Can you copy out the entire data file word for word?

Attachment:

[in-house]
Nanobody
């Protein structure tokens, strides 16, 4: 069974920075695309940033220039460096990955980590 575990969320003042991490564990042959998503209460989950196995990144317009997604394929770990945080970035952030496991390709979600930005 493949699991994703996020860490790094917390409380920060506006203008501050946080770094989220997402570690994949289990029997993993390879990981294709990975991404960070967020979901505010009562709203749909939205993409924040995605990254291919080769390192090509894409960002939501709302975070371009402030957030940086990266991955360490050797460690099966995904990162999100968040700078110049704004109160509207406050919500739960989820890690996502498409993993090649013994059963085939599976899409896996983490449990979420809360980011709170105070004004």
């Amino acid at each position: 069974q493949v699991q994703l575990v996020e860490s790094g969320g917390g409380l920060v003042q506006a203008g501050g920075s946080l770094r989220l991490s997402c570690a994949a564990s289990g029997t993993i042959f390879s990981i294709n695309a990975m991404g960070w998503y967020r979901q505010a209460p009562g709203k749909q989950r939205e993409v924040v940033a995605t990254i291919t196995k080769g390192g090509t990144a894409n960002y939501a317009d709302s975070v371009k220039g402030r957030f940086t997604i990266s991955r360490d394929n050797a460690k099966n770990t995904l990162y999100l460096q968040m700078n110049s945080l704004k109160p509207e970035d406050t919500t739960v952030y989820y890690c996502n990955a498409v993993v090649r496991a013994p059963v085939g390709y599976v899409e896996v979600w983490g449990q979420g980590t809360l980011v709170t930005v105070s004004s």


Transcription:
[in-house]
Nanobody
């Protein structure tokens, strides 16, 4: 069974920075695309940033220039460096990955980590 575990969320003042991490564990042959998503209460989950196995990144317009997604394929770990945080970035952030496991390709979600930005 493949699991994703996020860490790094917390409380920060506006203008501050946080770094989220997402570690994949289990029997993993390879990981294709990975991404960070967020979901505010009562709203749909939205993409924040995605990254291919080769390192090509894409960002939501709302975070371009402030957030940086990266991955360490050797460690099966995904990162999100968040700078110049704004109160509207406050919500739960989820890690996502498409993993090649013994059963085939599976899409896996983490449990979420809360980011709170105070004004």
């Amino acid at each position: 069974q493949v699991q994703l575990v996020e860490s790094g969320g917390g409380l920060v003042q506006a203008g501050g920075s946080l770094r989220l991490s997402c570690a994949a564990s289990g029997t993993i042959f390879s990981i294709n695309a990975m991404g960070w998503y967020r979901q505010a209460p009562g709203k749909q989950r939205e993409v924040v940033a995605t990254i291919t196995k080769g390192g090509t990144a894409n960002y939501a317009d709302s975070v371009k220039g402030r957030f940086t997604i990266s991955r360490d394929n050797a460690k099966n770990t995904l990162y999100l460096q968040m700078n110049s945080l704004k109160p509207e970035d406050t919500t739960v952030y989820y890690c996502n990955a498409v993993v090649r496991a013994p059963v085939g390709y599976v899409e896996v979600w983490g449990q979420g980590t809360l980011v709170t930005v105070s004004s």